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New book details health issues facing female service members

By Paul Bello, National Museum of Health and Medicine

SILVER SPRING, Md. - What female service members endure while in combat and their overall health while deployed are two of many topics covered in a recently released book entitled Women at War, a collaboration between co-editors Dr. Elspeth C. Ritchie and Dr. (Col.) Anne Naclerio. The topic headlined the July Science Café at the National Museum of Health and Medicine (NMHM) in Silver Spring, Maryland.

Ritchie retired as a colonel from the U.S. Army in 2010 following a 28-year career as a forensic psychiatrist with expertise in military and veteran's issues. As someone who has spent much time in the field, it's disheartening that very little attention is paid to women's health issues, Ritchie told the audience. It's that lack of attention that served as a catalyst for the book, which she hopes is an inspiration to civilians and unit leaders, who are predominantly men, to better understand women's issues in the military. She issued a challenge for future research on health issues faced by women on the frontlines, including better personal protective equipment, preventive care, and combat-related injury treatment.

"Females account for 15 percent of the entire military. We're an essential part of the military going forward," Ritchie said.

During their research, both Ritchie and Naclerio discovered a lack of data on not just one, but several topics of concern. Women who have suffered a traumatic brain injury (TBI), for example, have different responses than men. While not much is known presently about those types of responses, Ritchie said part of it is due to a woman's pituitary gland, which helps regulate their level of hormones. Another topic is how female veterans reintegrate into communities when returning stateside following a deployment. In the extreme cases of those who are homeless and in need of assistance, traditional veteran shelters are not set up for women who have children. Presently, most shelters are tailored to the needs of single, male veterans, which is why Ritchie believes it's time for a major push for attention.

In her book, some female service members report purposely avoiding liquids as a way to compensate for not using a bathroom, in response to challenging physical conditions in theater. That type of behavior, however, leads to dehydration and could lead to a painful urinary tract infection, Ritchie said.

Other facts discussed in the book and mentioned by Ritchie in her presentation are that, since the terrorist attacks in 2001, women have deployed just as frequently as men and for the same length of time. Women have also suffered slightly more psychological problems and approximately 15 percent of those medically evacuated out of combat zones were female.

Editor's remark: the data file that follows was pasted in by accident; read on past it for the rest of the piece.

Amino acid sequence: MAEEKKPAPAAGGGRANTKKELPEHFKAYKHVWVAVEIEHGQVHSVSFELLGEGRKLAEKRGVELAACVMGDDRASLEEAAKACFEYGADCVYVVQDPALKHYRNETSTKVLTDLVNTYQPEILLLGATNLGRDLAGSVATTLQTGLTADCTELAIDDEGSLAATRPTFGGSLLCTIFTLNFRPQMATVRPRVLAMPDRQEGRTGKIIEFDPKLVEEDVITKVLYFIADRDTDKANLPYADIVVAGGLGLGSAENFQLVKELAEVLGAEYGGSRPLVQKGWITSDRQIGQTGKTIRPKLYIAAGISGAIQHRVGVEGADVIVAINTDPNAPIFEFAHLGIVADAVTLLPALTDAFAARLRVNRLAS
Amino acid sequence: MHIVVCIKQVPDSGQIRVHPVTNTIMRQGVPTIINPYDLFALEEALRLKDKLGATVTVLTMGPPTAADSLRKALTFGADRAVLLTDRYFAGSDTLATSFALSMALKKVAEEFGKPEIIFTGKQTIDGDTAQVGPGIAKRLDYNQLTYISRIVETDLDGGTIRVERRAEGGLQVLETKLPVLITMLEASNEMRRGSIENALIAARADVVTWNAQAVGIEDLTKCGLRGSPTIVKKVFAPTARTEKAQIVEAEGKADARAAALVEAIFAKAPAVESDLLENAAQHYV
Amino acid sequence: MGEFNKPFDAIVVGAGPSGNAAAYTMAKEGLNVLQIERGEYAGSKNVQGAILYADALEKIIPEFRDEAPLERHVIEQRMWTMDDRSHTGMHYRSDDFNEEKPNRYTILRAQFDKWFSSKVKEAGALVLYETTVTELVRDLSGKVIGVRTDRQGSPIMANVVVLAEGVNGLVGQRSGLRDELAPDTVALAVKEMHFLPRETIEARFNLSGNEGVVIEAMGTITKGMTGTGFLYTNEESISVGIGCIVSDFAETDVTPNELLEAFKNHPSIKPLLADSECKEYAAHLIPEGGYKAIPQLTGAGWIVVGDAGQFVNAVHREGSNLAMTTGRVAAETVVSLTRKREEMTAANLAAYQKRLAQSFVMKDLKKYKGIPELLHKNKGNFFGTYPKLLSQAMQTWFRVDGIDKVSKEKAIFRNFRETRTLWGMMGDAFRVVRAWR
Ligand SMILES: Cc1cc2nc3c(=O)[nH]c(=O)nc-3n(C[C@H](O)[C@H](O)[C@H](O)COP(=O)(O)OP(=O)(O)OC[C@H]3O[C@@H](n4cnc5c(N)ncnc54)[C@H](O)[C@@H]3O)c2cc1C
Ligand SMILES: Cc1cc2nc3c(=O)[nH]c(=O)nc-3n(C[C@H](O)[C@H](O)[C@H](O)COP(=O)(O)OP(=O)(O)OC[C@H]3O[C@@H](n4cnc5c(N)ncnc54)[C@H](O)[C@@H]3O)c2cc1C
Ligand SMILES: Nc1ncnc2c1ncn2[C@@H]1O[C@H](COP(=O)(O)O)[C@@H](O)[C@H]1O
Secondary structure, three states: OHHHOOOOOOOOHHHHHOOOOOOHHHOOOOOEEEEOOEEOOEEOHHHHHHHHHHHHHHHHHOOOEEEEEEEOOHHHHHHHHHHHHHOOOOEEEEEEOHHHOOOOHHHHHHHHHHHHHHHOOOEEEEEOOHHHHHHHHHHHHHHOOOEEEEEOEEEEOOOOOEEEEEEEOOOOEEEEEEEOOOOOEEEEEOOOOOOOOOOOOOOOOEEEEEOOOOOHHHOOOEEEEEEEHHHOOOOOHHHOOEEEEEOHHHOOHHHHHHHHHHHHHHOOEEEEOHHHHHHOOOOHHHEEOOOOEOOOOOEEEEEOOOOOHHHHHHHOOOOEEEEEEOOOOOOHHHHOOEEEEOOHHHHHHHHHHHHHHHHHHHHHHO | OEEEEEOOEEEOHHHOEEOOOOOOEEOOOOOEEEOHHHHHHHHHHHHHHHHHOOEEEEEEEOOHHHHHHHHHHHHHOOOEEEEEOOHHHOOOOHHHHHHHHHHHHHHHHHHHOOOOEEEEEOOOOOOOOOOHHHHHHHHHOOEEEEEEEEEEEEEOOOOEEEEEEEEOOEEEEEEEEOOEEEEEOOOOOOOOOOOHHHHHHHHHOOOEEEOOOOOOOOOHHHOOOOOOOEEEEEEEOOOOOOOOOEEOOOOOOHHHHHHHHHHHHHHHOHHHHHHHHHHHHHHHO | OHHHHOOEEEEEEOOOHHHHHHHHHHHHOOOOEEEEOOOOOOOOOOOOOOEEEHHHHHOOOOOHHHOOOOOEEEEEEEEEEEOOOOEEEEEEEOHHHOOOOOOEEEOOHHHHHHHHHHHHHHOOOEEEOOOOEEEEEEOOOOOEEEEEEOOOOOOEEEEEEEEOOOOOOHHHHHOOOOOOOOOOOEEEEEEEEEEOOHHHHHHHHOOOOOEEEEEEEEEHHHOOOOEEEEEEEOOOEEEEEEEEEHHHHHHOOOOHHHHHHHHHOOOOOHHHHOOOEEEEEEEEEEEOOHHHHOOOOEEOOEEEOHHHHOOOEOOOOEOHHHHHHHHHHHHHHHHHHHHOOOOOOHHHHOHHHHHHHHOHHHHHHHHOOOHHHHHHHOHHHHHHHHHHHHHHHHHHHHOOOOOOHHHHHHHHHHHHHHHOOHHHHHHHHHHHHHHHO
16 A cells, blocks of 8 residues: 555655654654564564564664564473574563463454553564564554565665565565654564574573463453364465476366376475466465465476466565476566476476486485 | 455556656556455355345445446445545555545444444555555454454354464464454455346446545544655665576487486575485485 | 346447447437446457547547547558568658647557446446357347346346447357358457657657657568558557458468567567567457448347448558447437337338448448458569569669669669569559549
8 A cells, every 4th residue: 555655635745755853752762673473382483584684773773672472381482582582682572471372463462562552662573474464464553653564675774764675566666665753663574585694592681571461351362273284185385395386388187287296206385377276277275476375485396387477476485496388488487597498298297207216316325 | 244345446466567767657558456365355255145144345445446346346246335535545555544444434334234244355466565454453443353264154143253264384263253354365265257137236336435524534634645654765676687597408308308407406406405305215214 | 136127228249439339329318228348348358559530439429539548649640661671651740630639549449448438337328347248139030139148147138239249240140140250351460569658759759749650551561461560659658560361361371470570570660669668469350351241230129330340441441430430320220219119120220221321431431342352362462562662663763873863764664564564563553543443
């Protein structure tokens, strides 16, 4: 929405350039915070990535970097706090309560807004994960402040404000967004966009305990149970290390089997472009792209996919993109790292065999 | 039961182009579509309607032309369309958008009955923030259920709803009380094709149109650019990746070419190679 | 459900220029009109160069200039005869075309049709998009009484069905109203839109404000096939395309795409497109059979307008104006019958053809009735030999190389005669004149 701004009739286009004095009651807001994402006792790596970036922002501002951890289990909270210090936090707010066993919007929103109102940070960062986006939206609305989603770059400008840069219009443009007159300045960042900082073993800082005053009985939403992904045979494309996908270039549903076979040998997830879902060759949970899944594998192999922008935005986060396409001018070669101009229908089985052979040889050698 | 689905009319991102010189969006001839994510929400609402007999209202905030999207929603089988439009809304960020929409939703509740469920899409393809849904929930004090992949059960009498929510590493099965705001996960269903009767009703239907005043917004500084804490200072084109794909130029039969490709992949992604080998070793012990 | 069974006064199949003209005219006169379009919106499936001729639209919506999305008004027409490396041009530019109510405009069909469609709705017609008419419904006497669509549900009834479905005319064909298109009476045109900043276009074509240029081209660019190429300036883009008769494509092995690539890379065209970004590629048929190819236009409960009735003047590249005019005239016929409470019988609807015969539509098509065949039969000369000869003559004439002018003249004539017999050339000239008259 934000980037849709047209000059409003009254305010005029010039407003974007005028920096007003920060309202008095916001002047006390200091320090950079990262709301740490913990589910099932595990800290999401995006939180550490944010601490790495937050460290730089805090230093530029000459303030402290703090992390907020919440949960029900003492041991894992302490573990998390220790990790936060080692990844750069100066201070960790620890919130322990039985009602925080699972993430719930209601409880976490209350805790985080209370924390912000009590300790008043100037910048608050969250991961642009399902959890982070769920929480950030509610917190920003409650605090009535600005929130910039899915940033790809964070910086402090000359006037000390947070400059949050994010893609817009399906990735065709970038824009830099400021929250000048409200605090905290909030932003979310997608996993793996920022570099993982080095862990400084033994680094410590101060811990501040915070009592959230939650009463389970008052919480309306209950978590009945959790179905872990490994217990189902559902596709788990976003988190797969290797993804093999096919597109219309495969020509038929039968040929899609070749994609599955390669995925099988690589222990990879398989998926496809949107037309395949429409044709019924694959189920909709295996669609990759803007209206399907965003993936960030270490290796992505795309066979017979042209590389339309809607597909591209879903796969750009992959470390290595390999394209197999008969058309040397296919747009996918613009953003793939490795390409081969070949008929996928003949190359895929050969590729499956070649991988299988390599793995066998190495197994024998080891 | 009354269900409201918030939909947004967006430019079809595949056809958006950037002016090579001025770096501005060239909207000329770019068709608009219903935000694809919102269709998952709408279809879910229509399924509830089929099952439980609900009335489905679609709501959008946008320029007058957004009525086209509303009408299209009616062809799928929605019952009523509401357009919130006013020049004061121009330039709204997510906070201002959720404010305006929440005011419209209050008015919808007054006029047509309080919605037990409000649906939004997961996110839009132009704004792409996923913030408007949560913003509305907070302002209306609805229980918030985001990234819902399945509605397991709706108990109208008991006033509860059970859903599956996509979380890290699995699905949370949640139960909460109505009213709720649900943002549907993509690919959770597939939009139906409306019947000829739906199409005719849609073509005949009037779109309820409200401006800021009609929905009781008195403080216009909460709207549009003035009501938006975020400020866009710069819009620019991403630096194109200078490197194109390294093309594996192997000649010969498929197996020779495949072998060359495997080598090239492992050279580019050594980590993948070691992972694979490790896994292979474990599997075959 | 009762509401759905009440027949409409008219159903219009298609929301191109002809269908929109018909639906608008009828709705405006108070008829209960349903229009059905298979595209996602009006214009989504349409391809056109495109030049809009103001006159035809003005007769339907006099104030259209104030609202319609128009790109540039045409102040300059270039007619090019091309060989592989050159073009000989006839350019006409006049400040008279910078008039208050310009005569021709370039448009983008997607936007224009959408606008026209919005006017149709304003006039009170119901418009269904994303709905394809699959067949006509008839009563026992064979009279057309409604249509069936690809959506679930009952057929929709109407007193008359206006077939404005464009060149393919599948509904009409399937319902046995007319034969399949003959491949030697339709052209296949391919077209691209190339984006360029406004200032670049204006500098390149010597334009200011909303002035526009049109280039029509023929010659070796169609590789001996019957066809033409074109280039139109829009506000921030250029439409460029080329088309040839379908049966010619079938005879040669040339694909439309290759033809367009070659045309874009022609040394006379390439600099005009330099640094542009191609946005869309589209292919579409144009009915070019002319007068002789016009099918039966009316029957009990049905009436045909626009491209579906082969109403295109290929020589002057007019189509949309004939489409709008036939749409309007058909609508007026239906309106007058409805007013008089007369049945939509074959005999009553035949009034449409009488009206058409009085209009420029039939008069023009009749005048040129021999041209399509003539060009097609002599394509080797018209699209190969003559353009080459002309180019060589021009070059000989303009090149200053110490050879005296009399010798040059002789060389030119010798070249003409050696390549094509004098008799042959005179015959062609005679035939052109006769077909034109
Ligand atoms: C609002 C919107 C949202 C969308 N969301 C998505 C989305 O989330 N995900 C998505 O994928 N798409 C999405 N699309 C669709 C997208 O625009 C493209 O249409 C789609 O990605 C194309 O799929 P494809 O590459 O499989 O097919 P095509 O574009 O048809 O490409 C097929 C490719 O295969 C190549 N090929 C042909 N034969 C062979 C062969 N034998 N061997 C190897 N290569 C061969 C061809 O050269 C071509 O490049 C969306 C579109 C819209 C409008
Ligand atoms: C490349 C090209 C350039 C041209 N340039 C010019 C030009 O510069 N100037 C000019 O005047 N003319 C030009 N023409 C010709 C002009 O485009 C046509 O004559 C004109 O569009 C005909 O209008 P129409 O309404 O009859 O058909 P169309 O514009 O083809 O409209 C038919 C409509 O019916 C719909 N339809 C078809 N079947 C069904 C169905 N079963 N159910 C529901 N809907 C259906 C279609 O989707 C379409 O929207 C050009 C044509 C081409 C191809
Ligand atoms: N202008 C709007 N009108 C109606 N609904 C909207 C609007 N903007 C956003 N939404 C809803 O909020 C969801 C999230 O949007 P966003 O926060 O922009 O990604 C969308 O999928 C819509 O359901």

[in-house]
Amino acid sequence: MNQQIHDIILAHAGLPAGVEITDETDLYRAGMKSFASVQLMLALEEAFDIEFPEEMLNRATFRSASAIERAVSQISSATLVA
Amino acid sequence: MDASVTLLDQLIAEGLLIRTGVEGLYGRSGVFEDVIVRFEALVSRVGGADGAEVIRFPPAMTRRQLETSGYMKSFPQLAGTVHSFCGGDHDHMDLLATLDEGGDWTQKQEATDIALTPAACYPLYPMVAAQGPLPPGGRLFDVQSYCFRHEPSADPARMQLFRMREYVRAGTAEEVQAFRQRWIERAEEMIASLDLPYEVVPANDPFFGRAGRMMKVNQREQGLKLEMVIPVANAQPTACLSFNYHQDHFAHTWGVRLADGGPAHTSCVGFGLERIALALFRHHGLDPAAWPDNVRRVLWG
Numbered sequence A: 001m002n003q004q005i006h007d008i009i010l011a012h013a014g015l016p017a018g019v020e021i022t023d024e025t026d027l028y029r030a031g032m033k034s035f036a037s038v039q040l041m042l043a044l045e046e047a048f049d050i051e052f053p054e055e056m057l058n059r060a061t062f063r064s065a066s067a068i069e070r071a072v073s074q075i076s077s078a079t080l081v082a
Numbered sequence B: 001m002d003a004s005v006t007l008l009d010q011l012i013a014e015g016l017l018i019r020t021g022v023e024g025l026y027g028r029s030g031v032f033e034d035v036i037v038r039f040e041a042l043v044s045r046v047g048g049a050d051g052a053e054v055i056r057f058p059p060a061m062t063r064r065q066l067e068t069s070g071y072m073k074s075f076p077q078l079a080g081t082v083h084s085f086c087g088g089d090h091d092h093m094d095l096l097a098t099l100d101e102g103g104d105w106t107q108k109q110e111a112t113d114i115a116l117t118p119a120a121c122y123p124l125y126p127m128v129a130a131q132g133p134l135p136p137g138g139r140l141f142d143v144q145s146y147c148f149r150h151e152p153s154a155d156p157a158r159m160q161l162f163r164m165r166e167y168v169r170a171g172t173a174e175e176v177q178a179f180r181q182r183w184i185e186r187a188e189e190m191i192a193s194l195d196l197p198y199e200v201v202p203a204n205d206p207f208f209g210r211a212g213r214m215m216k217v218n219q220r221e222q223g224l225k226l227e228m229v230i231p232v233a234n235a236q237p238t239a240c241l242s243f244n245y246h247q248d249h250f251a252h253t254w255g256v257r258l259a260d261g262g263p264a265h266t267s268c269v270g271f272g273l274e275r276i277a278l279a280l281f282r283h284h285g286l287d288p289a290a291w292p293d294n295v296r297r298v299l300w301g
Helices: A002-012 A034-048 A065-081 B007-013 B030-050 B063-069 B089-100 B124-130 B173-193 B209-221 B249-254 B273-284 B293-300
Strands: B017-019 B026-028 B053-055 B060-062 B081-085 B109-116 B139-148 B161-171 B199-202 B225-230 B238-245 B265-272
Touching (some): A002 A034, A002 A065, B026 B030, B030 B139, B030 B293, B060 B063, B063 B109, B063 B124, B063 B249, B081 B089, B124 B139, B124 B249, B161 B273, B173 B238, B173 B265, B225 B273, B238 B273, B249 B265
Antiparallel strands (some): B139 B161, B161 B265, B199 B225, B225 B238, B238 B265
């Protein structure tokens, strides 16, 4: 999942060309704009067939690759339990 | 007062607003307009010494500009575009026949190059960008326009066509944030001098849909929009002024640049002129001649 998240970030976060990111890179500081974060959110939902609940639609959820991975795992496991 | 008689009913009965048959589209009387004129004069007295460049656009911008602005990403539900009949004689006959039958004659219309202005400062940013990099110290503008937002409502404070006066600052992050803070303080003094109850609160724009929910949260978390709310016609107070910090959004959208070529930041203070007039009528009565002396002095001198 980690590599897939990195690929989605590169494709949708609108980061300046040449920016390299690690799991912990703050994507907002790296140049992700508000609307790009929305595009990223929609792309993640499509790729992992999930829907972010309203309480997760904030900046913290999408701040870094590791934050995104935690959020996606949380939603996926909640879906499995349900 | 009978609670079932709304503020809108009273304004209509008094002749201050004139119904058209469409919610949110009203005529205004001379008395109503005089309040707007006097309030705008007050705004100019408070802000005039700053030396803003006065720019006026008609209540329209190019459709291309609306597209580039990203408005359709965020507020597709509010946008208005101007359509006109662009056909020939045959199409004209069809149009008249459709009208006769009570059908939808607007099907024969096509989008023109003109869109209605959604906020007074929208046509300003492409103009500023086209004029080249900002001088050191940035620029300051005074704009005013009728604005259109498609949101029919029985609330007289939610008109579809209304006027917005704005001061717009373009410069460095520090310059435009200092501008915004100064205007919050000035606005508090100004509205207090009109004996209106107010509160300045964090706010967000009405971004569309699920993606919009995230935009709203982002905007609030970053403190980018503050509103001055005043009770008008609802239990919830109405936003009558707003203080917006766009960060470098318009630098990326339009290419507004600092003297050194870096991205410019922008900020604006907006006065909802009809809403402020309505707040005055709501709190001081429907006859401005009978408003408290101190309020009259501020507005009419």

Joining Ritchie at NMHM were fellow authors Dr. Remington Nevin, a doctoral candidate at the John Hopkins Bloomberg School of Public Health; Dr. Kate McGraw, associate director for psychological health clinical care at the Deployment Health Clinical Center (DHCC); Dr. Jackie Garrick, social worker with the Department of Defense (DoD), and retired U.S. Army Col. David Niebuhr. Each contributed a chapter to Women at War and discussed the prevention of malaria in women; ostracism and the impact of social groups; suicide and female disability, in addition to deployment length and medical evacuation, respectively.

"We hope this discussion on women in war will broaden a much larger discussion to women deploying in all types of settings," Ritchie said.

NMHM's Medical Museum Science Cafés are a regular series of informal talks that connect the mission of the Department of Defense museum with the public. NMHM was founded as the Army Medical Museum in 1862 and moved to its new location in Silver Spring, Md. in 2012. For information on upcoming programs, visit www.medicalmuseum.mil.

 

Caption: Dr. Elspeth C. Ritchie, a retired U.S. Army psychiatrist, speaks about her book, Women at War, during a Medical Museum Science Café at the National Museum of Health and Medicine, July 28, 2015.

(Disclosure: This image has been cropped to emphasize the subject.) (National Museum of Health and Medicine photo by Matthew Breitbart / Released)
Caption: Dr. Elspeth C. Ritchie, a retired U.S. Army psychiatrist, speaks about her book, Women at War, during a Medical Museum Science Café at the National Museum of Health and Medicine, July 28, 2015.

(Disclosure: This image has been cropped to emphasize the subject.) (National Museum of Health and Medicine photo by Matthew Breitbart / Released)